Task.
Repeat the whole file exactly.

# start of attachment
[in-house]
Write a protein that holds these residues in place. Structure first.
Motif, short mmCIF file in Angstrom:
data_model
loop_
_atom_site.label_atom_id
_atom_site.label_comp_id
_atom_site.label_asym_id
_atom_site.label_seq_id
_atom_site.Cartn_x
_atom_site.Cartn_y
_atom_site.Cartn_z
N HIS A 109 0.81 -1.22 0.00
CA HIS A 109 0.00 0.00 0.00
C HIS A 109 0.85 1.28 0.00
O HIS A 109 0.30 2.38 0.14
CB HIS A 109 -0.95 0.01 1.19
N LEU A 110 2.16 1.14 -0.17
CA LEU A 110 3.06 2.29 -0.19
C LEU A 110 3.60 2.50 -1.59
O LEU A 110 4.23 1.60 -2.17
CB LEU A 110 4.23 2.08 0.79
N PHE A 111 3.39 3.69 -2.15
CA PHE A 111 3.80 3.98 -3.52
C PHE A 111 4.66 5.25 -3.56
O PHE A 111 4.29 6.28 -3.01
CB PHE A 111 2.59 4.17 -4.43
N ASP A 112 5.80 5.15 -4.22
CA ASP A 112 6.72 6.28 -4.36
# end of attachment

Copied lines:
[in-house]
Write a protein that holds these residues in place. Structure first.
Motif, short mmCIF file in Angstrom:
data_model
loop_
_atom_site.label_atom_id
_atom_site.label_comp_id
_atom_site.label_asym_id
_atom_site.label_seq_id
_atom_site.Cartn_x
_atom_site.Cartn_y
_atom_site.Cartn_z
N HIS A 109 0.81 -1.22 0.00
CA HIS A 109 0.00 0.00 0.00
C HIS A 109 0.85 1.28 0.00
O HIS A 109 0.30 2.38 0.14
CB HIS A 109 -0.95 0.01 1.19
N LEU A 110 2.16 1.14 -0.17
CA LEU A 110 3.06 2.29 -0.19
C LEU A 110 3.60 2.50 -1.59
O LEU A 110 4.23 1.60 -2.17
CB LEU A 110 4.23 2.08 0.79
N PHE A 111 3.39 3.69 -2.15
CA PHE A 111 3.80 3.98 -3.52
C PHE A 111 4.66 5.25 -3.56
O PHE A 111 4.29 6.28 -3.01
CB PHE A 111 2.59 4.17 -4.43
N ASP A 112 5.80 5.15 -4.22
CA ASP A 112 6.72 6.28 -4.36